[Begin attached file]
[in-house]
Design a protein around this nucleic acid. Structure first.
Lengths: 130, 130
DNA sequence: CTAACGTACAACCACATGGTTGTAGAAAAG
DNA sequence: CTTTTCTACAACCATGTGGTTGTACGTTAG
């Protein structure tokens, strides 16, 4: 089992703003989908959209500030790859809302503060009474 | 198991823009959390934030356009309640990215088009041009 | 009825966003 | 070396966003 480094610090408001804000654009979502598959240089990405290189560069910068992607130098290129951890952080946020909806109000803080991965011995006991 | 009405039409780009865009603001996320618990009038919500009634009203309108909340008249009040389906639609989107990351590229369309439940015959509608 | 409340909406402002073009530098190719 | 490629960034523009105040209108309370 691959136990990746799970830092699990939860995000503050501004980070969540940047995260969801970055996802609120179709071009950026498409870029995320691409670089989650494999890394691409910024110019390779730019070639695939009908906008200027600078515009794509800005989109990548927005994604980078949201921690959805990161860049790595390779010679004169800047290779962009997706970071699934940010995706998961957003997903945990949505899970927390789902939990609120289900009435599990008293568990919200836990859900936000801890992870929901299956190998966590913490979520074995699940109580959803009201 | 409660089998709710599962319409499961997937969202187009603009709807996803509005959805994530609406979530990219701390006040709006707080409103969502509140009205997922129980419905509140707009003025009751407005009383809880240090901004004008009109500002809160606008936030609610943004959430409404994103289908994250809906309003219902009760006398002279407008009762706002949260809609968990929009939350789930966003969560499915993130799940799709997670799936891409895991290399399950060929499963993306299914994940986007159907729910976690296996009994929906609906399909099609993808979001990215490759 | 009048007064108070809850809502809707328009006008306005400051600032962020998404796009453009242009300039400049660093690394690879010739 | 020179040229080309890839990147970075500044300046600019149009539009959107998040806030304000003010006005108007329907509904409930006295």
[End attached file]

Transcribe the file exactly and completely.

[in-house]
Design a protein around this nucleic acid. Structure first.
Lengths: 130, 130
DNA sequence: CTAACGTACAACCACATGGTTGTAGAAAAG
DNA sequence: CTTTTCTACAACCATGTGGTTGTACGTTAG
């Protein structure tokens, strides 16, 4: 089992703003989908959209500030790859809302503060009474 | 198991823009959390934030356009309640990215088009041009 | 009825966003 | 070396966003 480094610090408001804000654009979502598959240089990405290189560069910068992607130098290129951890952080946020909806109000803080991965011995006991 | 009405039409780009865009603001996320618990009038919500009634009203309108909340008249009040389906639609989107990351590229369309439940015959509608 | 409340909406402002073009530098190719 | 490629960034523009105040209108309370 691959136990990746799970830092699990939860995000503050501004980070969540940047995260969801970055996802609120179709071009950026498409870029995320691409670089989650494999890394691409910024110019390779730019070639695939009908906008200027600078515009794509800005989109990548927005994604980078949201921690959805990161860049790595390779010679004169800047290779962009997706970071699934940010995706998961957003997903945990949505899970927390789902939990609120289900009435599990008293568990919200836990859900936000801890992870929901299956190998966590913490979520074995699940109580959803009201 | 409660089998709710599962319409499961997937969202187009603009709807996803509005959805994530609406979530990219701390006040709006707080409103969502509140009205997922129980419905509140707009003025009751407005009383809880240090901004004008009109500002809160606008936030609610943004959430409404994103289908994250809906309003219902009760006398002279407008009762706002949260809609968990929009939350789930966003969560499915993130799940799709997670799936891409895991290399399950060929499963993306299914994940986007159907729910976690296996009994929906609906399909099609993808979001990215490759 | 009048007064108070809850809502809707328009006008306005400051600032962020998404796009453009242009300039400049660093690394690879010739 | 020179040229080309890839990147970075500044300046600019149009539009959107998040806030304000003010006005108007329907509904409930006295």